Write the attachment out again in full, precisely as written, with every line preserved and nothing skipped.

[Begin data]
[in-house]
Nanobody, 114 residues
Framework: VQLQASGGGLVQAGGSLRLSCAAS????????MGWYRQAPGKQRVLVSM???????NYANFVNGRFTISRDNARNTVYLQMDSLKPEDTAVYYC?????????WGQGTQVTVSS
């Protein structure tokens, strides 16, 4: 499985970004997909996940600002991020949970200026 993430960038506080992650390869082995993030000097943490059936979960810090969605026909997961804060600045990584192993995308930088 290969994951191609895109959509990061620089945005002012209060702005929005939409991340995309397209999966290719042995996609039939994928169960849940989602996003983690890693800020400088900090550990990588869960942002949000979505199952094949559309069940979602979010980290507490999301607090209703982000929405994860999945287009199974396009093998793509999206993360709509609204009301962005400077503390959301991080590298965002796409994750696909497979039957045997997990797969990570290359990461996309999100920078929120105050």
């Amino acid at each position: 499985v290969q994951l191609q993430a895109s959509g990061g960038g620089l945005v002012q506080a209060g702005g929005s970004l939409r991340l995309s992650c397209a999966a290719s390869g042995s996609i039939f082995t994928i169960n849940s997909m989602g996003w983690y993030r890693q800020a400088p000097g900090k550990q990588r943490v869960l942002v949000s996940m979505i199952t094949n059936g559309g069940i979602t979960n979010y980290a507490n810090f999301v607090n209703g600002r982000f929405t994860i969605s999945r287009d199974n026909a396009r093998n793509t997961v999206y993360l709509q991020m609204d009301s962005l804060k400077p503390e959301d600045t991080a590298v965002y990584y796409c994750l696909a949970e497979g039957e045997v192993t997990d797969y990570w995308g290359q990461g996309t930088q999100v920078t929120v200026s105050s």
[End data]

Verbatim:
[in-house]
Nanobody, 114 residues
Framework: VQLQASGGGLVQAGGSLRLSCAAS????????MGWYRQAPGKQRVLVSM???????NYANFVNGRFTISRDNARNTVYLQMDSLKPEDTAVYYC?????????WGQGTQVTVSS
């Protein structure tokens, strides 16, 4: 499985970004997909996940600002991020949970200026 993430960038506080992650390869082995993030000097943490059936979960810090969605026909997961804060600045990584192993995308930088 290969994951191609895109959509990061620089945005002012209060702005929005939409991340995309397209999966290719042995996609039939994928169960849940989602996003983690890693800020400088900090550990990588869960942002949000979505199952094949559309069940979602979010980290507490999301607090209703982000929405994860999945287009199974396009093998793509999206993360709509609204009301962005400077503390959301991080590298965002796409994750696909497979039957045997997990797969990570290359990461996309999100920078929120105050």
């Amino acid at each position: 499985v290969q994951l191609q993430a895109s959509g990061g960038g620089l945005v002012q506080a209060g702005g929005s970004l939409r991340l995309s992650c397209a999966a290719s390869g042995s996609i039939f082995t994928i169960n849940s997909m989602g996003w983690y993030r890693q800020a400088p000097g900090k550990q990588r943490v869960l942002v949000s996940m979505i199952t094949n059936g559309g069940i979602t979960n979010y980290a507490n810090f999301v607090n209703g600002r982000f929405t994860i969605s999945r287009d199974n026909a396009r093998n793509t997961v999206y993360l709509q991020m609204d009301s962005l804060k400077p503390e959301d600045t991080a590298v965002y990584y796409c994750l696909a949970e497979g039957e045997v192993t997990d797969y990570w995308g290359q990461g996309t930088q999100v920078t929120v200026s105050s």